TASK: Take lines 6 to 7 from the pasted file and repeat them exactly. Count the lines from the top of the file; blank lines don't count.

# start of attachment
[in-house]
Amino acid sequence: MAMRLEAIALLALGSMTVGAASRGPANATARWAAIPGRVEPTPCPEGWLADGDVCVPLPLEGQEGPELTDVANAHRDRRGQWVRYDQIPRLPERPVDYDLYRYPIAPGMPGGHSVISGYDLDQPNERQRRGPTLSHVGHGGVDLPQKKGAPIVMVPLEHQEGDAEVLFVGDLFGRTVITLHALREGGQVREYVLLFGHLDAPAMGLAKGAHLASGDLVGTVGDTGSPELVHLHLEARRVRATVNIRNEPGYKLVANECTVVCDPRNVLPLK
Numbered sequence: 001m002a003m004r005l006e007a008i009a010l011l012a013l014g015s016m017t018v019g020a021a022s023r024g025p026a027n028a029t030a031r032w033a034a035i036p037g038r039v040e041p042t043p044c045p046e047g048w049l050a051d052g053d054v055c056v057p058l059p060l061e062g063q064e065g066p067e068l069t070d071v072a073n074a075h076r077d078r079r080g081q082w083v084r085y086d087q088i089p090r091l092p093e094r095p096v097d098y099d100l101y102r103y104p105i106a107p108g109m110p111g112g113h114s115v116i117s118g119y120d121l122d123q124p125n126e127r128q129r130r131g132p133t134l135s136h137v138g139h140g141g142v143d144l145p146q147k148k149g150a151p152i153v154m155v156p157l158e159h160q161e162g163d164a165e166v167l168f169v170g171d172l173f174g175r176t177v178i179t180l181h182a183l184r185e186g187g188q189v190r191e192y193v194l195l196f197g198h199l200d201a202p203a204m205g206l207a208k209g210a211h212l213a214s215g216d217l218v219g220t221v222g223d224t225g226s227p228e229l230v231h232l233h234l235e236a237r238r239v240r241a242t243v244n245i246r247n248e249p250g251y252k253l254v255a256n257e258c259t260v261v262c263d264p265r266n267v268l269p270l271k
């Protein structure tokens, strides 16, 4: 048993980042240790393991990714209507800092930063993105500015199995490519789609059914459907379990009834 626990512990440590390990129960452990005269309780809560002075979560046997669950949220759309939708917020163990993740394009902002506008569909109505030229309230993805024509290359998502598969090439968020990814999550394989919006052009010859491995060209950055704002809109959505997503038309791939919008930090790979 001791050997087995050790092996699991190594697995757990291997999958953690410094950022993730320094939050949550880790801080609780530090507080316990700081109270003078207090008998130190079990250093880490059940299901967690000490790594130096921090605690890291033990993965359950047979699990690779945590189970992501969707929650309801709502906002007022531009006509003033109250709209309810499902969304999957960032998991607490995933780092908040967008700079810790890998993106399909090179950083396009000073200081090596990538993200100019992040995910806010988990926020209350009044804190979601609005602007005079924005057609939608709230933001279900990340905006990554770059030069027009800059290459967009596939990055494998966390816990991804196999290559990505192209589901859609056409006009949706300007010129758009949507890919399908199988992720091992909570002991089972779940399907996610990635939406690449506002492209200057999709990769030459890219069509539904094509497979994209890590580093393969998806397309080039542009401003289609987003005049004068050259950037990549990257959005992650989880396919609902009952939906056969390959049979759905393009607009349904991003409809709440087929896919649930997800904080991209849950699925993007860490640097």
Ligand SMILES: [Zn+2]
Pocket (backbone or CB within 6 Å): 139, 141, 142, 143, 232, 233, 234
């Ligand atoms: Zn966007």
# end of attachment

Pocket (backbone or CB within 6 Å): 139, 141, 142, 143, 232, 233, 234
């Ligand atoms: Zn966007």